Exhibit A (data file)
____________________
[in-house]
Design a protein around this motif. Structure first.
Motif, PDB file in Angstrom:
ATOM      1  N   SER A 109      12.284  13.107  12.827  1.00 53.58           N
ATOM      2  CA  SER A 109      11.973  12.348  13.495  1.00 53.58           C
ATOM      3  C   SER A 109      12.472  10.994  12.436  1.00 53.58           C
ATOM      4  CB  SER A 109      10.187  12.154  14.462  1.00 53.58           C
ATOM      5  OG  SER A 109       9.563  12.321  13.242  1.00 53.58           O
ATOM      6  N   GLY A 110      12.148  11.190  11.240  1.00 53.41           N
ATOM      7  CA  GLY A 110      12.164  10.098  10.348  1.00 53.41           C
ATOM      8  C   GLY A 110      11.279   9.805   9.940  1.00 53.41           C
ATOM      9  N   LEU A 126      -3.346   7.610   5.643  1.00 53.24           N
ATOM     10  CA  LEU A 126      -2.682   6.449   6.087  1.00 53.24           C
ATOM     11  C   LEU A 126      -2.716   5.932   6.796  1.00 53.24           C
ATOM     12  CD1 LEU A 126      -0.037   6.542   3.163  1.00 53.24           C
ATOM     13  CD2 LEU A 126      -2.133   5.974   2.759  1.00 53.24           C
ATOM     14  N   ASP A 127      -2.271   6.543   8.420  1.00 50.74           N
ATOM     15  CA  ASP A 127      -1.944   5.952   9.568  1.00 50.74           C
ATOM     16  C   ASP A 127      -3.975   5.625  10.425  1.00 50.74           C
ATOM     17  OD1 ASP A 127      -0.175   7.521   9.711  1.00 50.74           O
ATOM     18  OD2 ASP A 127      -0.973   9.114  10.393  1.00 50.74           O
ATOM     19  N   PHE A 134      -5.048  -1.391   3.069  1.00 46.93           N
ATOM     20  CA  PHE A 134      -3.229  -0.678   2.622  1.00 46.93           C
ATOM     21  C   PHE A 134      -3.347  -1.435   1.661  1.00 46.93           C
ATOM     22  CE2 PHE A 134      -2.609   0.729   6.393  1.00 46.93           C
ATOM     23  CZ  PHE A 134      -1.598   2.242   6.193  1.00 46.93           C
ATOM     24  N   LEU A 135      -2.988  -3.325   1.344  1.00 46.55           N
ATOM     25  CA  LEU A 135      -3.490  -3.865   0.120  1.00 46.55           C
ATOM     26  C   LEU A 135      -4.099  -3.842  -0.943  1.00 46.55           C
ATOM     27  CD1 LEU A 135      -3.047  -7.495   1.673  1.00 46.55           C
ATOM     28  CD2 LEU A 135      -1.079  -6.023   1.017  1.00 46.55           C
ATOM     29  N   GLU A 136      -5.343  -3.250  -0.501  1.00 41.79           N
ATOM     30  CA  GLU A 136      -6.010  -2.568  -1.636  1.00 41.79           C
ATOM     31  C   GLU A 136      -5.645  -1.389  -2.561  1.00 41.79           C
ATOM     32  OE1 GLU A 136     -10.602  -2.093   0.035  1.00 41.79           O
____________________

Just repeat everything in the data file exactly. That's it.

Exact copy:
[in-house]
Design a protein around this motif. Structure first.
Motif, PDB file in Angstrom:
ATOM      1  N   SER A 109      12.284  13.107  12.827  1.00 53.58           N
ATOM      2  CA  SER A 109      11.973  12.348  13.495  1.00 53.58           C
ATOM      3  C   SER A 109      12.472  10.994  12.436  1.00 53.58           C
ATOM      4  CB  SER A 109      10.187  12.154  14.462  1.00 53.58           C
ATOM      5  OG  SER A 109       9.563  12.321  13.242  1.00 53.58           O
ATOM      6  N   GLY A 110      12.148  11.190  11.240  1.00 53.41           N
ATOM      7  CA  GLY A 110      12.164  10.098  10.348  1.00 53.41           C
ATOM      8  C   GLY A 110      11.279   9.805   9.940  1.00 53.41           C
ATOM      9  N   LEU A 126      -3.346   7.610   5.643  1.00 53.24           N
ATOM     10  CA  LEU A 126      -2.682   6.449   6.087  1.00 53.24           C
ATOM     11  C   LEU A 126      -2.716   5.932   6.796  1.00 53.24           C
ATOM     12  CD1 LEU A 126      -0.037   6.542   3.163  1.00 53.24           C
ATOM     13  CD2 LEU A 126      -2.133   5.974   2.759  1.00 53.24           C
ATOM     14  N   ASP A 127      -2.271   6.543   8.420  1.00 50.74           N
ATOM     15  CA  ASP A 127      -1.944   5.952   9.568  1.00 50.74           C
ATOM     16  C   ASP A 127      -3.975   5.625  10.425  1.00 50.74           C
ATOM     17  OD1 ASP A 127      -0.175   7.521   9.711  1.00 50.74           O
ATOM     18  OD2 ASP A 127      -0.973   9.114  10.393  1.00 50.74           O
ATOM     19  N   PHE A 134      -5.048  -1.391   3.069  1.00 46.93           N
ATOM     20  CA  PHE A 134      -3.229  -0.678   2.622  1.00 46.93           C
ATOM     21  C   PHE A 134      -3.347  -1.435   1.661  1.00 46.93           C
ATOM     22  CE2 PHE A 134      -2.609   0.729   6.393  1.00 46.93           C
ATOM     23  CZ  PHE A 134      -1.598   2.242   6.193  1.00 46.93           C
ATOM     24  N   LEU A 135      -2.988  -3.325   1.344  1.00 46.55           N
ATOM     25  CA  LEU A 135      -3.490  -3.865   0.120  1.00 46.55           C
ATOM     26  C   LEU A 135      -4.099  -3.842  -0.943  1.00 46.55           C
ATOM     27  CD1 LEU A 135      -3.047  -7.495   1.673  1.00 46.55           C
ATOM     28  CD2 LEU A 135      -1.079  -6.023   1.017  1.00 46.55           C
ATOM     29  N   GLU A 136      -5.343  -3.250  -0.501  1.00 41.79           N
ATOM     30  CA  GLU A 136      -6.010  -2.568  -1.636  1.00 41.79           C
ATOM     31  C   GLU A 136      -5.645  -1.389  -2.561  1.00 41.79           C
ATOM     32  OE1 GLU A 136     -10.602  -2.093   0.035  1.00 41.79           O